top of page
  • Writer's pictureClare

Car Repair Essentials: Lights

Updated: Oct 4, 2020

After the clocks change, signalling the start of winter, it’s essential that you check to see if you have car headlight problems or car light problems. There are regulations when driving in the UK and the EU when it comes to your car’s lights and if they aren’t functioning properly, the consequences can be dire.

Make sure you book a car repair as soon as possible if you are worried about your car lights not working.

What to check for?

The following list details the lights and electrically operated parts of your car, which will need to be in top working condition to safely drive on the road.

· Headlights are working whilst dipped and on full beam

· Daytime running lights

· Tail lights

· Brake lights

· Fog lights

· Sidelights

· Hazard lights

· Registration plate lights

· Indicator lights

· Dashboard lights

· Other electrical elements are working – such as windows and windscreen wipers

If you’re having car light problems then you will need to take your car to a car repair garage to get them fixed.

Common problems with car lights

The most common reason why your car’s lights aren’t working will usually be either that a light bulb has blown and needs replacing, or that the alternator that supplies the electricity to your car is faulty and needs to be looked at by a professional car mechanic.

Electrical problems are often hard to detect, let alone fix yourself, so you need to ensure that you get your car serviced regularly to ensure that the electrics are being maintained regularly. We’ve got the expertise to help you get this right.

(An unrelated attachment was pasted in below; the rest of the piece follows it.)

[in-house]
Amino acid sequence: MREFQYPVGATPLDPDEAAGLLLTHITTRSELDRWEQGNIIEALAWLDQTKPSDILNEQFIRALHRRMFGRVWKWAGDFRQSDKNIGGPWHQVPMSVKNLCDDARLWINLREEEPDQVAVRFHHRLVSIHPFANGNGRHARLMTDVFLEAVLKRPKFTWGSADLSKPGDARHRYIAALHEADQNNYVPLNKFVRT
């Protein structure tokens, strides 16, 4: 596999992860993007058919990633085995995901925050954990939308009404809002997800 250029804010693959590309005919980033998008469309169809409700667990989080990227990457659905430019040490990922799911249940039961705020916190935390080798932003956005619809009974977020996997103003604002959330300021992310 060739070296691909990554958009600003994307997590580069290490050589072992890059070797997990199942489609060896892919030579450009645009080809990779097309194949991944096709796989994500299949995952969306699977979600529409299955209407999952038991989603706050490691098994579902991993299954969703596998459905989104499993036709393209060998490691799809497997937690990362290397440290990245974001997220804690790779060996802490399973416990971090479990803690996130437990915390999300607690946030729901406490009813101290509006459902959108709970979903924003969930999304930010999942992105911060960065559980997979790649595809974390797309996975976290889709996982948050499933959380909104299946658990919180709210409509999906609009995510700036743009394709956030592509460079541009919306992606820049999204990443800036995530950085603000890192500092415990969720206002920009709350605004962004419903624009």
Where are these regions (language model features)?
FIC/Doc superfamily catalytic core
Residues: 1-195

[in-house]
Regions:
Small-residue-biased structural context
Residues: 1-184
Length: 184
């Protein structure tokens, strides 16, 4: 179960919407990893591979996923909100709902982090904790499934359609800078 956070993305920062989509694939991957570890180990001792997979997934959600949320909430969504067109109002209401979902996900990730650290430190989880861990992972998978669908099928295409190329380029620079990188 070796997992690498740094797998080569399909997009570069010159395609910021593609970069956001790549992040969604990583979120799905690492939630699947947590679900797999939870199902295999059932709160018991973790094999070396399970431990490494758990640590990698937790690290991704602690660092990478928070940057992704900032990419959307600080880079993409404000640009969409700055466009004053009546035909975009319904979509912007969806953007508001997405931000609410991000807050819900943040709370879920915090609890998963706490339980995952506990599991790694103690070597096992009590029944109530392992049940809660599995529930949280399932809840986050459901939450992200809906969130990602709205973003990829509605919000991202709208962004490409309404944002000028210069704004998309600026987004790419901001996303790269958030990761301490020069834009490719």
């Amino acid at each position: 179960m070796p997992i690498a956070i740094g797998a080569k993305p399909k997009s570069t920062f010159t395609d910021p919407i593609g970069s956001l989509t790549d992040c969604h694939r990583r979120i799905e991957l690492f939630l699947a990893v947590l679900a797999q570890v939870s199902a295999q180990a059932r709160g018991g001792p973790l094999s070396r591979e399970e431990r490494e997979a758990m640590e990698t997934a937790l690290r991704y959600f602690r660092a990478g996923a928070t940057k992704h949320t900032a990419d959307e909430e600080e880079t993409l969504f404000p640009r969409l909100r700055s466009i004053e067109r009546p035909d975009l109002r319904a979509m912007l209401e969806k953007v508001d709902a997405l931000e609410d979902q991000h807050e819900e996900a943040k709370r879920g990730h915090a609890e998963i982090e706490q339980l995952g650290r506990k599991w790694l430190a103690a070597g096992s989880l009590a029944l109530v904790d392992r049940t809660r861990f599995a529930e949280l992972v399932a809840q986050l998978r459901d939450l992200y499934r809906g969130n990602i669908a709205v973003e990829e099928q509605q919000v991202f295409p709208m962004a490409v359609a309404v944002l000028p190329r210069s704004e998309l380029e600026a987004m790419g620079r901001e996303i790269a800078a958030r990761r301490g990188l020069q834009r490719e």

How to check your car lights

It’s worth checking your lights on a regular basis, like once a week, especially in winter in order to make sure your car is safe to drive on the road. By regularly checking your car lights, you will also avoid being stopped by the police and incurring either a fixed penalty notice, a roadside prohibition notice or having your car taken off the road immediately.

Brake lights and indicator lights

Check them once a week by asking someone to stand behind your car as you hit the brakes, and make a note of any light bulbs that are faulty and need to be replaced by booking in for a car repair.

Headlights and fog lights

According to new EU rules, all new cars made and sold since 2011 must have daytime running lights that automatically turn on when the engine is running. They will also need to turn off automatically once the engine has been switched off.

One of the best ways to check your headlights and fog lights are working correctly is to first turn on your engine and ask someone to check that your daytime running lights automatically come on and that your fog lights work when you turn them on manually.

If you bought your car after 2011, ensure that your engine is running and manually turn on your headlights to full beam and dipped, as well as turning on your fog lights.

Tail lights, sidelights and other car lights

You will also need to check your tail lights, side lights, hazard lights, registration plate lights, dashboard lights and other electrically operated parts of your car such as the windows and windscreen wipers.

Again, it’s best if you ask someone to stand outside your car to check when you turn these various lights on and off, to isolate any which mightn’t be working.

The consequences of driving with broken lights

Accidents can and will occur if your car lights aren’t working properly, which can result in a police car pulling you over and issuing you with a fine between £30 - £60, a Roadside Prohibition Notice of up to ten days to get the lights fixed and even up to three points on your driving licence. This all depends on the lights that are not working and the severity of the problem.

Our fully-qualified and friendly car mechanics will help get your car repaired if there are electrical faults and your car lights aren’t working. Book in for diagnostics testing, servicing, repairs and MOTs today!

23 views0 comments

Recent Posts

See All


bottom of page